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The Verge 2018 tech report card: Headphones

Headphones did not have the most auspicious start to 2018. Back in January, it seemed like a diversity of competing voice assistants, wireless audio protocols, and idiosyncratic control schemes would lead to a fragmented mess of a market. Everyone wanted wireless headphones, and the providers of those devices were keen to establish some sort of a walled-garden effect around their particular product.

The demand for more technologically advanced headphones has only increased over the course of the year, however the threat of user-hostile competition among headphone makers has not materialized. In large part thanks to integrated wireless chips that bundle Bluetooth radios with the necessary voice assistant compatibility for both iOS and Android, practically every manufacturer was able to issue a new pair of wireless headphones in 2018 that played nice with both Siri and Google Assistant. So the fragmentation crisis has been mostly averted, though the rapid pace of improvement is also leaving a lot of people stupefied at how quickly their new headphones are being superseded.

Sony’s third-generation 1000X M3 cans emerged as the new wireless noise-canceling champions. Sennheiser’s Momentum True Wireless raised the bar for sound quality from truly wireless earphones, albeit with a number of usability flaws. Audio-Technica’s M50xBT and OnePlus’ Bullets Wireless elevated the quality we can expect from more affordable Bluetooth headphones and earphones. Even old-school brands like Grado and Koss released their own wireless editions this year. The choice and quality of wireless audio gear have never been better, and the disappearance of the 3.5mm audio jack from smartphones is no longer the awful nightmare it used to be.

OnePlus and Google both introduced terrific USB-C earbuds this year — the Type-C Bullets and Pixel USB-C earbuds, respectively — with super low prices that matched the old 3.5mm analog earphones we’d carry everywhere with us. 2017’s legitimate complaint that USB-C earphones are too expensive and wireless headphones are too much of a compromise is no longer true. With companies like Apple and Lenovo starting to remove the headphone jack from their tablets as well as phones, the trend toward wireless and USB-C varieties of headphones is only accelerating. It’s time for the majority of us to finally make the transition away from the old analog connection.

Audiophiles will of course continue on with their exotic XLR and quarter-inch connectors, and their segment of the market was well served in 2018 by two boutique US companies: Audeze and MrSpeakers. Audeze launched the LCD2-Classic at the tail end of 2017, and it followed up with the LCD2 Closed-Back in 2018, both of which set new highs for the quality and pleasure of sound you can get for under $1,000. In fact, those two sets of LCD2 models make a compelling case for never having to spend four figures on headphones again: both offer sonic clarity, detail, and precision on a par with headphones that cost multiple times more. Then again, MrSpeakers launched the $2,000 Ether 2 at the end of the year, and the design and performance of those headphones offers up a super compelling argument for why you should splash out on exotically priced headphones. The Ether 2s have an uncommonly wide and natural soundstage, which combines with a beautifully incisive and organic sound with few rivals. Which is to say that the audiophile segment is thriving too.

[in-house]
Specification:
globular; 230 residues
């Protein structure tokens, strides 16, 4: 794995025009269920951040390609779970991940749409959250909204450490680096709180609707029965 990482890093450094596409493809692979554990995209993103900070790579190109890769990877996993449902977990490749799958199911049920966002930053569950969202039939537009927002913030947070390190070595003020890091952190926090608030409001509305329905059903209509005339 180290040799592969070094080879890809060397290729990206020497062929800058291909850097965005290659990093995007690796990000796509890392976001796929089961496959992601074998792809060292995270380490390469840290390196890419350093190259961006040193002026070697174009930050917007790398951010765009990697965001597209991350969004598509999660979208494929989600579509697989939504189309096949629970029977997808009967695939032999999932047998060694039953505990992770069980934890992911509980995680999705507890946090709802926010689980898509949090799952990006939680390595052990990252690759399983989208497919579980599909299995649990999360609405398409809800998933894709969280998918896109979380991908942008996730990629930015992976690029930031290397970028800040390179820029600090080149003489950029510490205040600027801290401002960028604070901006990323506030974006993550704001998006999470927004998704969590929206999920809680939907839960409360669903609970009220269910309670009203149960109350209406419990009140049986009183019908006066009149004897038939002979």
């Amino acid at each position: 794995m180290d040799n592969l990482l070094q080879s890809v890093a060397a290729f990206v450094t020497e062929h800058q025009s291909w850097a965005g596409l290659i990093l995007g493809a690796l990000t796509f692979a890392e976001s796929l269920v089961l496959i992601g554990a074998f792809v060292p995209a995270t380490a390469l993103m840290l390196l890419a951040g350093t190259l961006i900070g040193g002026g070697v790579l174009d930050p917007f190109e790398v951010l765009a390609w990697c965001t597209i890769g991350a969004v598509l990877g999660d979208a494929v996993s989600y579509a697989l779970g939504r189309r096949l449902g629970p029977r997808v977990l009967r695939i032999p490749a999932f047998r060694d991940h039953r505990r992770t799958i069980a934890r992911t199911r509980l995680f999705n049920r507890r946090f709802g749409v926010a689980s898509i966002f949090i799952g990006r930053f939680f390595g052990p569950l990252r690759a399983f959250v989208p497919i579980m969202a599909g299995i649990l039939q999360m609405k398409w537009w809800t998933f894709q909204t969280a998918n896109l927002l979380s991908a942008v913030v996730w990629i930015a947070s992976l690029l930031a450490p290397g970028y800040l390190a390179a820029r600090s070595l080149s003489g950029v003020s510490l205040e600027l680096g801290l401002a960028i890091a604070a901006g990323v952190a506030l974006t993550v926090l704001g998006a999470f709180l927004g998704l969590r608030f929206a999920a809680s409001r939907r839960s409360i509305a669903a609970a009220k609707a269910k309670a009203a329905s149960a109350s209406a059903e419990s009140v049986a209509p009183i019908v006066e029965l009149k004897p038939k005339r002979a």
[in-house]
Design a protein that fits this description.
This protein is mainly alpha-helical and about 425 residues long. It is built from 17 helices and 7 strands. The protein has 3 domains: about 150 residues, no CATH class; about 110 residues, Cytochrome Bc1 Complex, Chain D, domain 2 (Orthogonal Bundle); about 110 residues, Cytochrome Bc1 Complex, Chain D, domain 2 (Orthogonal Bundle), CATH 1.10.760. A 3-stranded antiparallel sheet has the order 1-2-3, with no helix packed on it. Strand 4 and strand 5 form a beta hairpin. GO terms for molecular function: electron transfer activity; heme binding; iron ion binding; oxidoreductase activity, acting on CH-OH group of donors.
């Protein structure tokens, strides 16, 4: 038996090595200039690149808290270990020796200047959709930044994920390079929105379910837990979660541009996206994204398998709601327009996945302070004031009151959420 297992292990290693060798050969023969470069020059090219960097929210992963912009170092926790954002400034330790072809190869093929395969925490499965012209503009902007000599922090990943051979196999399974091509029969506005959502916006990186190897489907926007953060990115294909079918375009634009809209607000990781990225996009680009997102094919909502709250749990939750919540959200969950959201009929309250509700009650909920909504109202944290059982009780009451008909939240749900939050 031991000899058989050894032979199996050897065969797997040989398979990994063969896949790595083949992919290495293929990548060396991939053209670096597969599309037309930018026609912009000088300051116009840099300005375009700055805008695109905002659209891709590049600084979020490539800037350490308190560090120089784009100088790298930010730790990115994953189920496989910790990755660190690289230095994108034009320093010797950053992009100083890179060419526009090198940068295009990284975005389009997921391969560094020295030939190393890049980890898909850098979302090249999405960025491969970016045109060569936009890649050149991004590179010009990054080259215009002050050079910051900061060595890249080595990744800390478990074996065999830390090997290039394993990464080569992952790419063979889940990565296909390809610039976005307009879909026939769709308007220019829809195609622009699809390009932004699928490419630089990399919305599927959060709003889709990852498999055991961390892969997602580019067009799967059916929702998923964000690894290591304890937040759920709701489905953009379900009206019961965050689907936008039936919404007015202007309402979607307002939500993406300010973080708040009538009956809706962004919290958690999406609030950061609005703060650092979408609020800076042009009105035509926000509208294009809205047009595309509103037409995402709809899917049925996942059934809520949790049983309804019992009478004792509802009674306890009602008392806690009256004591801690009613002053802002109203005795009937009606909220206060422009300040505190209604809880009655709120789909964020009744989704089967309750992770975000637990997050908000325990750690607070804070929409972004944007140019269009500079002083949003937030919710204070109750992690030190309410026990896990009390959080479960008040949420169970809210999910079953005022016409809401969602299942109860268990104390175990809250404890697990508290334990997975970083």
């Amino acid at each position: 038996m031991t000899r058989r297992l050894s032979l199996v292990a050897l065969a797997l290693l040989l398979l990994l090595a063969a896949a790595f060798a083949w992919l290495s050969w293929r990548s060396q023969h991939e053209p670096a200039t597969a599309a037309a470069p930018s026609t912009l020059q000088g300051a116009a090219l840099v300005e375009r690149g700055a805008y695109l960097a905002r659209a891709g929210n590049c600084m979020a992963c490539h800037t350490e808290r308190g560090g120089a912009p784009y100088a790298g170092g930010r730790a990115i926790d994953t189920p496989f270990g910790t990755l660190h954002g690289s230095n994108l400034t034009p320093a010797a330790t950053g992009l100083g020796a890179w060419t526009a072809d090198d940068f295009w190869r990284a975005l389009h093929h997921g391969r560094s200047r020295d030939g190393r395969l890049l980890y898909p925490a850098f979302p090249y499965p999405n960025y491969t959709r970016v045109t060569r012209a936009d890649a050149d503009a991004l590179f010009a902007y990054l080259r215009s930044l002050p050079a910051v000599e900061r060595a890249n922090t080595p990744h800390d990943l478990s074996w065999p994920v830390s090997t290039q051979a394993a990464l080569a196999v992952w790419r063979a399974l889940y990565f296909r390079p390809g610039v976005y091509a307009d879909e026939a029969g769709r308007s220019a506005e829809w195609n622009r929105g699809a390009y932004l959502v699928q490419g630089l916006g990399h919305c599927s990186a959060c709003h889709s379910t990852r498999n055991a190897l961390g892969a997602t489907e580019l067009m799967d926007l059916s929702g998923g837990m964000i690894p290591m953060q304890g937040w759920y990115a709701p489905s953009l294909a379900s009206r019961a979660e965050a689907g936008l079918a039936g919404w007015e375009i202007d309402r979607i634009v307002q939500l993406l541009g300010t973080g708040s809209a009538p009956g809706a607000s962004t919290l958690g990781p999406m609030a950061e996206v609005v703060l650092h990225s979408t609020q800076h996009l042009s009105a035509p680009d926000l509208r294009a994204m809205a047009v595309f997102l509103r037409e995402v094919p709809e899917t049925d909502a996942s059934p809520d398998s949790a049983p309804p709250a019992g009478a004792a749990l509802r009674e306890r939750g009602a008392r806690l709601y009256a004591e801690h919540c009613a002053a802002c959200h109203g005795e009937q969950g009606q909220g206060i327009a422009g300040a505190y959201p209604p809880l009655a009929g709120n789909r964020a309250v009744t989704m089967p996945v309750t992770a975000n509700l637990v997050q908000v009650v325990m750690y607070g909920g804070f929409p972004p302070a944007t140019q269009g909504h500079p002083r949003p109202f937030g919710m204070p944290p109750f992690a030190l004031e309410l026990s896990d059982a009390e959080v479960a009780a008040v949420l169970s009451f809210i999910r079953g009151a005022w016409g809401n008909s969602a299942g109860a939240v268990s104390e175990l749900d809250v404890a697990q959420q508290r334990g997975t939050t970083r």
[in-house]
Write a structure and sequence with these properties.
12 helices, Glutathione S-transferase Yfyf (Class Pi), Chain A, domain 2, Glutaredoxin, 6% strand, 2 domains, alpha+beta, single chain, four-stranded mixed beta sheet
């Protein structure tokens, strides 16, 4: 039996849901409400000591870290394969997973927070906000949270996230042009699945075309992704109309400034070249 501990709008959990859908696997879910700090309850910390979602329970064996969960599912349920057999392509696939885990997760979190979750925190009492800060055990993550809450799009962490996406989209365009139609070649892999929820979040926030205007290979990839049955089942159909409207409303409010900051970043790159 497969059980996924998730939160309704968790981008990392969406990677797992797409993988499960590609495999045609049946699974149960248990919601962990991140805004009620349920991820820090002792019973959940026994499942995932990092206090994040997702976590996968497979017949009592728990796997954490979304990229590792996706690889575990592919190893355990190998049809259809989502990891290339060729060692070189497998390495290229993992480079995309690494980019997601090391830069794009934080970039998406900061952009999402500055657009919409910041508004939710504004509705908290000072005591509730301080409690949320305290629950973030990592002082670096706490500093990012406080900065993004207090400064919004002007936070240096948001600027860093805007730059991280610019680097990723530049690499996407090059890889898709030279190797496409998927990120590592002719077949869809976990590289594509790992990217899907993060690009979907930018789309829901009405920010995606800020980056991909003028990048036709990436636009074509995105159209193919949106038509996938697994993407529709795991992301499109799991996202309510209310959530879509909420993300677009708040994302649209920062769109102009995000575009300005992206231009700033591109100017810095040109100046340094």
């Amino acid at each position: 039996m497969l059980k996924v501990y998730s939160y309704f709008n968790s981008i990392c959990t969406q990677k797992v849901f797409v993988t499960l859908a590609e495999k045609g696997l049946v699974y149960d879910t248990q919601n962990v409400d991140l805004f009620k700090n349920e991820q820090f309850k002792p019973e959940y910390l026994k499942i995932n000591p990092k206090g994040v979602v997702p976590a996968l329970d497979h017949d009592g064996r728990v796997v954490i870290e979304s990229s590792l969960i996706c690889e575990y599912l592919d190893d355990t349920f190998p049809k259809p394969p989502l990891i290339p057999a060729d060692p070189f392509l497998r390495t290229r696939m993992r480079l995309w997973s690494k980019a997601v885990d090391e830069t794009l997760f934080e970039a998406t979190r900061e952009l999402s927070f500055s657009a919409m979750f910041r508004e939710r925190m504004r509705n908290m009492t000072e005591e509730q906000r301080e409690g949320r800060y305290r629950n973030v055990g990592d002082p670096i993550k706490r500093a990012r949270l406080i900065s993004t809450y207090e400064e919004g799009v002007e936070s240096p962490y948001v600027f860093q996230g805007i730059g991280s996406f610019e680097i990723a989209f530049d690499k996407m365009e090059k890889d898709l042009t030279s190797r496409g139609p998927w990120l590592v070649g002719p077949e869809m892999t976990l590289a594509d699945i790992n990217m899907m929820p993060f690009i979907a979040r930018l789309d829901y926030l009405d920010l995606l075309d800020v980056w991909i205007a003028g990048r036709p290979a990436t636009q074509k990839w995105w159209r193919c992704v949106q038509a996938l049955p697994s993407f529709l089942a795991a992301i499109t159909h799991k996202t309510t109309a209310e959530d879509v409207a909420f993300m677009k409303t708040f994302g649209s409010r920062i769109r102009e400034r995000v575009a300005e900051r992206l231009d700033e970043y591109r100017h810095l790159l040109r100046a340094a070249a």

OnePlus Type-C Bullets

Photo by Vlad Savov / The Verge

There are a couple of aspects of the headphone business that can be critiqued, of course. Firstly, even while battery life and wireless performance have been on a steady path of improvement, the process of pairing and connecting Bluetooth headphones to other devices remains dicey and unpleasant for most users. Apple’s AirPods and their seamless pairing stand head and shoulders ahead of any rival on Android. The other issue is one of price: headphone manufacturers seem more willing to add features and capabilities to existing products at existing prices than to erode their profit margins. It’s no accident that the companies with the most aggressive pricing in 2018, OnePlus and Google, don’t have headphones as their main line of business.

Overall, the headphones market has been the most dynamic and intriguing section of consumer tech this year. While smartphone makers were busy fiddling around the edges of display notches, headphone manufacturers really improved the substance as well as the style of their products. Microsoft, Dolby, Anker, and the countless gaming gear brands also expanded the bewildering plethora of headphone choices this year, and the trend for 2019 is for everyone to continue transitioning to USB-C, for charging at least, while the entire headphones category continues improving faster than anything else in tech.

Final Grade: A

A
2018 Grade

The Verge 2018 report card: Headphones

Gold Stars

  • Good USB-C earphones are now as affordable as analog ones
  • Noise-canceling wireless headphones have gotten even better
  • Wireless earbuds also got a boost in sound quality
  • Audiophile gear continues scaling new heights of excellence

Needs Improvement

  • Still some laggard wireless models with MicroUSB charging
  • Bluetooth pairing and syncing remain inhumanely awkward
  • Prices aren’t falling as fast as they could be

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